My goal as a medical device development program manager is to save time while managing risk. I save time by reinforcing a concept you likely apply every day, but might not use in your medical device development project.
In my experience, dealing with the fires of the day always take precedent over managing things that might not happen in the future. (spoiler alert: those fires might have been prevented by project-managing the things that haven’t happened yet).
You likely have a great idea for a new product. You’ve raised capital. You have a PLAN. Think about planning a simple trip. You want to arrive at your destination at a specific time and be able to do what you want when you arrive (you want to hit your market date with the product you envision). You think about how to get there (drive, fly, bus, train, etc.). You plan for a hotel. You buy tickets ahead of time. Create an itinerary. This is your PLAN.
Let’s assume you drive. By driving there’s the potential flat tire or traffic jam or the ubiquitous “recalculating” from your GPS. These are the RISKS you factor into your trip planning. You might decide to pay to take a faster toll road to take advantage of an OPPORTUNITY to get there faster. We decide how to address these risks every day. But what about on a project?
What is a risk?
I think of risks as potential “things” that would negatively impact THE PLAN. In the graphic, realized risks increase the effort (hours, $) to achieve the project plan. Risks may or may not be realized (e.g. “hit” and become the urgent fire of the day) and they are typically characterized by a PROBABILITY they will hit, and the IMPACT (to cost/schedule/quality) if they do hit. Many keep a risk register to track them.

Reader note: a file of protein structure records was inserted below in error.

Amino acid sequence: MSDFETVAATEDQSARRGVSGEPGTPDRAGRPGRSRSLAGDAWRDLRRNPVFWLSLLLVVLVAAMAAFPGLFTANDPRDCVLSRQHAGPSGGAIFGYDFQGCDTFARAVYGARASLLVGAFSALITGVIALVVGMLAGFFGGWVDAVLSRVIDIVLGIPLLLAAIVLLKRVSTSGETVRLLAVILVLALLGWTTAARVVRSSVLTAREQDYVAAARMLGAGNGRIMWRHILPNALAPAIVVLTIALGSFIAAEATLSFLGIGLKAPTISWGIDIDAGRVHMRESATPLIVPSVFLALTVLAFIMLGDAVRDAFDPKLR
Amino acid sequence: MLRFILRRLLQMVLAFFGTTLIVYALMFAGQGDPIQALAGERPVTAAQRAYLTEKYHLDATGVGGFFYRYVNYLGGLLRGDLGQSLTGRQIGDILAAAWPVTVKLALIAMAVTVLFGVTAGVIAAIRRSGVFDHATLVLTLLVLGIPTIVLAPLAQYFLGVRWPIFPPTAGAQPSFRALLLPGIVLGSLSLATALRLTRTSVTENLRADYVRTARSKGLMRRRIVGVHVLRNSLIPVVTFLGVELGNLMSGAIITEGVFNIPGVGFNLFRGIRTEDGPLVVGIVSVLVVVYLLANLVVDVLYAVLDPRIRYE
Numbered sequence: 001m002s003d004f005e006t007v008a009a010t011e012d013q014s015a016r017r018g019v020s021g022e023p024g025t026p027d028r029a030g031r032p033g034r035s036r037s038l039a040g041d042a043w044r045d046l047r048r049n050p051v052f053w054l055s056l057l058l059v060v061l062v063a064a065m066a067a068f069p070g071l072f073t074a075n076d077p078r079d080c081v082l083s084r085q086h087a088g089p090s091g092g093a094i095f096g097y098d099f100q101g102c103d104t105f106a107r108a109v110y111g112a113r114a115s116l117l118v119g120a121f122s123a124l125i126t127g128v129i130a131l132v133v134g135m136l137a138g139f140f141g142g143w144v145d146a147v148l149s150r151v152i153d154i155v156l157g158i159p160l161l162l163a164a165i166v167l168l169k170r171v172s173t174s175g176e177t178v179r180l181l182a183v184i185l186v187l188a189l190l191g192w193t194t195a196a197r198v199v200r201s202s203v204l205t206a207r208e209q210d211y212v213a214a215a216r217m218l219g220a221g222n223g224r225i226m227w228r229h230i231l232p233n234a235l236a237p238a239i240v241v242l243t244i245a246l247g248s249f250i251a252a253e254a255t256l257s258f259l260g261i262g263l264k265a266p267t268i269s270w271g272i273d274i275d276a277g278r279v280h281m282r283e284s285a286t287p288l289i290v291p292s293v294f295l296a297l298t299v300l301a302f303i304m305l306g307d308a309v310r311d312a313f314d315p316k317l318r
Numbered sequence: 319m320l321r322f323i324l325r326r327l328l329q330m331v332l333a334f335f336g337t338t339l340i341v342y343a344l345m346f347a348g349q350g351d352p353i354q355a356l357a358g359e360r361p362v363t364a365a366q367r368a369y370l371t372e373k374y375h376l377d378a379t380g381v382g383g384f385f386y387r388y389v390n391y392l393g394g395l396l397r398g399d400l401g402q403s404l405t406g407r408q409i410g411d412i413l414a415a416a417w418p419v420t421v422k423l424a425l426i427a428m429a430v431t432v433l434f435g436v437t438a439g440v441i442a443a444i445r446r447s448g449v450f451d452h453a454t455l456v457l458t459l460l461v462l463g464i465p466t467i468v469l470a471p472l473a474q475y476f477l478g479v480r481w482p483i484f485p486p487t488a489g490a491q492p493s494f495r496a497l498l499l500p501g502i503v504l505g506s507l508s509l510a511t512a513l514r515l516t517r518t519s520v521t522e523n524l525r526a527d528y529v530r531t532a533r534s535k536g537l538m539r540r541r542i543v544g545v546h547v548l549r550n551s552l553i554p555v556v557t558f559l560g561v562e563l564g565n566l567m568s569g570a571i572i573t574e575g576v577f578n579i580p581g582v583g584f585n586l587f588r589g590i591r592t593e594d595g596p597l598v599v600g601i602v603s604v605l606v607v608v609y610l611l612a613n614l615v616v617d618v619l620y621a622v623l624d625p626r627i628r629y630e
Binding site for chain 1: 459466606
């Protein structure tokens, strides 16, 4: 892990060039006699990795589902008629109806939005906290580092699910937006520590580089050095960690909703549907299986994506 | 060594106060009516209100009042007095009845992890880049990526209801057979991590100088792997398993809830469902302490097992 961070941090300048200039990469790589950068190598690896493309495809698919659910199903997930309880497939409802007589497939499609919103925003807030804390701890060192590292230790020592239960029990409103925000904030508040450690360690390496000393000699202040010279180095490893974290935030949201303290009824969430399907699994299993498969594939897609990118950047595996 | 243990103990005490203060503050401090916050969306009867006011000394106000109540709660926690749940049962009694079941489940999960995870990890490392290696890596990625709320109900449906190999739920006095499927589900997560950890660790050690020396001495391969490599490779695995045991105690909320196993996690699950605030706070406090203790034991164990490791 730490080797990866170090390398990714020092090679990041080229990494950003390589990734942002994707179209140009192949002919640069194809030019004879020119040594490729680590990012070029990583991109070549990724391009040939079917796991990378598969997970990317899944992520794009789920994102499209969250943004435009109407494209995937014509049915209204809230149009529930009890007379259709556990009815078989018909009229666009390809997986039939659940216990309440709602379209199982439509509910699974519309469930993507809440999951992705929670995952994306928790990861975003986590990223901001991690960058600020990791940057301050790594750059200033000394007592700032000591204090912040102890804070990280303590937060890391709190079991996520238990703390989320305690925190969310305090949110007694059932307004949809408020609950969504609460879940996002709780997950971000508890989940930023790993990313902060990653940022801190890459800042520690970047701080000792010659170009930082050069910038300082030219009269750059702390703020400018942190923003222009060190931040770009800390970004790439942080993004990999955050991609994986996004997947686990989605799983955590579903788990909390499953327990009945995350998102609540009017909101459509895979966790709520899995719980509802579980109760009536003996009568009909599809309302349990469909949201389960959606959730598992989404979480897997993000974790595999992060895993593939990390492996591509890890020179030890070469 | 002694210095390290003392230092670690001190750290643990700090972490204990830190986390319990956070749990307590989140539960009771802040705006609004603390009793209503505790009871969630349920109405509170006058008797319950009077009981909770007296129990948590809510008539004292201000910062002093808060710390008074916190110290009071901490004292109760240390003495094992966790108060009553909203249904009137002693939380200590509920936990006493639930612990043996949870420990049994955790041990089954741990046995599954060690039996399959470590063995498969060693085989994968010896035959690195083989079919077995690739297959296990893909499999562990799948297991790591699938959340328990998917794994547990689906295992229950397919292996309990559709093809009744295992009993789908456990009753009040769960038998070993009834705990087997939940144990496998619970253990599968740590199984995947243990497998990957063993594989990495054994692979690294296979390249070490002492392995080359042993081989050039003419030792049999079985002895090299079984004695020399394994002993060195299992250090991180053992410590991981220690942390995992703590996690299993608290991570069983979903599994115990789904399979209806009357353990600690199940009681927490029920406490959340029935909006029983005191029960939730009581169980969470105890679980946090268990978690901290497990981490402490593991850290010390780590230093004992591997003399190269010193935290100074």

The Project/Key Stakeholders determine what Risks are worth addressing (some risks might just be accepted or monitored because their probability and/or impact are sufficiently low (getting a flat tire). A strategy is typically developed significant risks and actions taken to implement that strategy (leaving earlier during heavy traffic times).
When a risk “hits”, it becomes an ISSUE. An issue that you will likely have to deal with, often urgently.
Contrary to this, Opportunities are potential “things” that would positively impact THE PLAN. Opportunities rarely “hit” without effort to make them hit: they cost hours/$ to make happen.
In the graphic above the cost of pursuing Opportunities are part of THE PLAN (or added to the plan via change, or “borrowed” from management reserve because of the anticipated return on investment). Opportunities can positively impact cost/quality/schedule, or other project attributes.
Avoiding risks and realizing opportunities require ACTION. Those actions should be planned. But the reality is that when we get underwater on a project, just trying to keep up with the today, actions to address risks are typically the first thing we put off. But if you ignore risks, they will become issues that you will randomly have to deal with, further complicating your personal schedule.
Think of it this way: YOU control RISKS. ISSUES (realized risks) control YOU.
Image: StarFish Medical
T. David Pyron is a Program Manager at StarFish Medical who transitioned from a career in Shipbuilding, Nuclear Engineering and Aerospace, where he was responsible for executing multiple $500M contracts. David holds a B.S. in Mechanical Engineering from the